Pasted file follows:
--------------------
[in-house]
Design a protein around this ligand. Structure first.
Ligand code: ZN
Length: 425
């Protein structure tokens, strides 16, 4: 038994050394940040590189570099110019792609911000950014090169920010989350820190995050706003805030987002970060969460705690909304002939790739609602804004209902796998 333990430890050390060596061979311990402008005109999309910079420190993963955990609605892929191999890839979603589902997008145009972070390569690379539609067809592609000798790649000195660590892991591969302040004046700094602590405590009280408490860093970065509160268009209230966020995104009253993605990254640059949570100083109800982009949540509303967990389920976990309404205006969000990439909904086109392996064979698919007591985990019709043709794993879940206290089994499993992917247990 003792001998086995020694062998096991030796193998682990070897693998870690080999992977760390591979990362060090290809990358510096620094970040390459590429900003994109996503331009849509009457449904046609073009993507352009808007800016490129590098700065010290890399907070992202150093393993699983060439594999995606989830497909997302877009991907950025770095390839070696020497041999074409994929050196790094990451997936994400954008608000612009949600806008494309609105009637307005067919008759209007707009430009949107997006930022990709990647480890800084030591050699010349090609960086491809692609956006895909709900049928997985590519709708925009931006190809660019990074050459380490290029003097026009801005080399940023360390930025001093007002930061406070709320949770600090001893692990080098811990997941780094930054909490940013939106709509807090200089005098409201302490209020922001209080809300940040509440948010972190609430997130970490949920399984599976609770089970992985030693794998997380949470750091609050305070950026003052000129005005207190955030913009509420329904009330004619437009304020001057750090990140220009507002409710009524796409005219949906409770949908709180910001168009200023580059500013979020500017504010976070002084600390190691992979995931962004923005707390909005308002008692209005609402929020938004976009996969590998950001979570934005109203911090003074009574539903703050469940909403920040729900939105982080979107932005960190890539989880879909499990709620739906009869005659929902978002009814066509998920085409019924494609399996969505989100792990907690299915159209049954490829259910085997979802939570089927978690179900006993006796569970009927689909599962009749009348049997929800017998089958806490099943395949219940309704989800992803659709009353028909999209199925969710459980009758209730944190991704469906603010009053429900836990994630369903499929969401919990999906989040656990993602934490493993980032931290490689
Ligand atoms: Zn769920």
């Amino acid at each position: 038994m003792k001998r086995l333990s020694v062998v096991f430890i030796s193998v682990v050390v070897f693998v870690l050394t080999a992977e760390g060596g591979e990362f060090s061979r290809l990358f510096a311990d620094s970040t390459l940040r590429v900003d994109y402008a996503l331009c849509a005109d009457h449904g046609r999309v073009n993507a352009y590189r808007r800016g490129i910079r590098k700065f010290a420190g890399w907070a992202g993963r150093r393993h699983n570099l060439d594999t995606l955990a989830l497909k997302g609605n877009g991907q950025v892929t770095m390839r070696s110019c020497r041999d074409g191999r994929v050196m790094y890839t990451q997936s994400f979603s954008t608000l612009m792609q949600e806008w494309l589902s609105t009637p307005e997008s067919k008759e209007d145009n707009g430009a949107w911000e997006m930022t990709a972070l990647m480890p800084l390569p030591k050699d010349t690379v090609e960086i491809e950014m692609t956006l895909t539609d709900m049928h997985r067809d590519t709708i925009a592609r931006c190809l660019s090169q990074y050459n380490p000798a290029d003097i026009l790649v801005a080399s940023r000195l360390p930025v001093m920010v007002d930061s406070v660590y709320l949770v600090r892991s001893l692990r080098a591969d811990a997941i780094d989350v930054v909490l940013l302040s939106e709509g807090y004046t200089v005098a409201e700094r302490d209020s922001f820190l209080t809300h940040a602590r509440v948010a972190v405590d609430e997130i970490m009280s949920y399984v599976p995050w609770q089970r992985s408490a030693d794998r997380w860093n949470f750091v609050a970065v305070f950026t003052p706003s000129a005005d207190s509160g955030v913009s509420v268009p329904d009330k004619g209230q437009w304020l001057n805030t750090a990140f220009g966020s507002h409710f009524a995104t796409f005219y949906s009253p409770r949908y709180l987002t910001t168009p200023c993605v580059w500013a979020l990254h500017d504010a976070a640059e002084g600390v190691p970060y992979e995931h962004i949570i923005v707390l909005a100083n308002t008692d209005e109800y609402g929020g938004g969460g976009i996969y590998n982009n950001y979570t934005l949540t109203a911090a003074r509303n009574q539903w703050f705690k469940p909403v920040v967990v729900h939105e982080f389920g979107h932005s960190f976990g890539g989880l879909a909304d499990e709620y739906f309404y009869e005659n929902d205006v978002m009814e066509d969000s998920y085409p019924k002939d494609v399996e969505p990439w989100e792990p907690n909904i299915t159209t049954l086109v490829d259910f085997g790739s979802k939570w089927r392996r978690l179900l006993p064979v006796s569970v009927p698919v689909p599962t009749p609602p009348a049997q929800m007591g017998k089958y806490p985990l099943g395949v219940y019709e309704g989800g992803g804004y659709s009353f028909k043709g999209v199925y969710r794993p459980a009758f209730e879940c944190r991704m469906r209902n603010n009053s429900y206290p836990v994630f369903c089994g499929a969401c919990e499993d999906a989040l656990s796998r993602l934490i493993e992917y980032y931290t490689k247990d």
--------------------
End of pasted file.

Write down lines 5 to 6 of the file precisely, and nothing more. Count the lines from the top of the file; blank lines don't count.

């Protein structure tokens, strides 16, 4: 038994050394940040590189570099110019792609911000950014090169920010989350820190995050706003805030987002970060969460705690909304002939790739609602804004209902796998 333990430890050390060596061979311990402008005109999309910079420190993963955990609605892929191999890839979603589902997008145009972070390569690379539609067809592609000798790649000195660590892991591969302040004046700094602590405590009280408490860093970065509160268009209230966020995104009253993605990254640059949570100083109800982009949540509303967990389920976990309404205006969000990439909904086109392996064979698919007591985990019709043709794993879940206290089994499993992917247990 003792001998086995020694062998096991030796193998682990070897693998870690080999992977760390591979990362060090290809990358510096620094970040390459590429900003994109996503331009849509009457449904046609073009993507352009808007800016490129590098700065010290890399907070992202150093393993699983060439594999995606989830497909997302877009991907950025770095390839070696020497041999074409994929050196790094990451997936994400954008608000612009949600806008494309609105009637307005067919008759209007707009430009949107997006930022990709990647480890800084030591050699010349090609960086491809692609956006895909709900049928997985590519709708925009931006190809660019990074050459380490290029003097026009801005080399940023360390930025001093007002930061406070709320949770600090001893692990080098811990997941780094930054909490940013939106709509807090200089005098409201302490209020922001209080809300940040509440948010972190609430997130970490949920399984599976609770089970992985030693794998997380949470750091609050305070950026003052000129005005207190955030913009509420329904009330004619437009304020001057750090990140220009507002409710009524796409005219949906409770949908709180910001168009200023580059500013979020500017504010976070002084600390190691992979995931962004923005707390909005308002008692209005609402929020938004976009996969590998950001979570934005109203911090003074009574539903703050469940909403920040729900939105982080979107932005960190890539989880879909499990709620739906009869005659929902978002009814066509998920085409019924494609399996969505989100792990907690299915159209049954490829259910085997979802939570089927978690179900006993006796569970009927689909599962009749009348049997929800017998089958806490099943395949219940309704989800992803659709009353028909999209199925969710459980009758209730944190991704469906603010009053429900836990994630369903499929969401919990999906989040656990993602934490493993980032931290490689
Ligand atoms: Zn769920």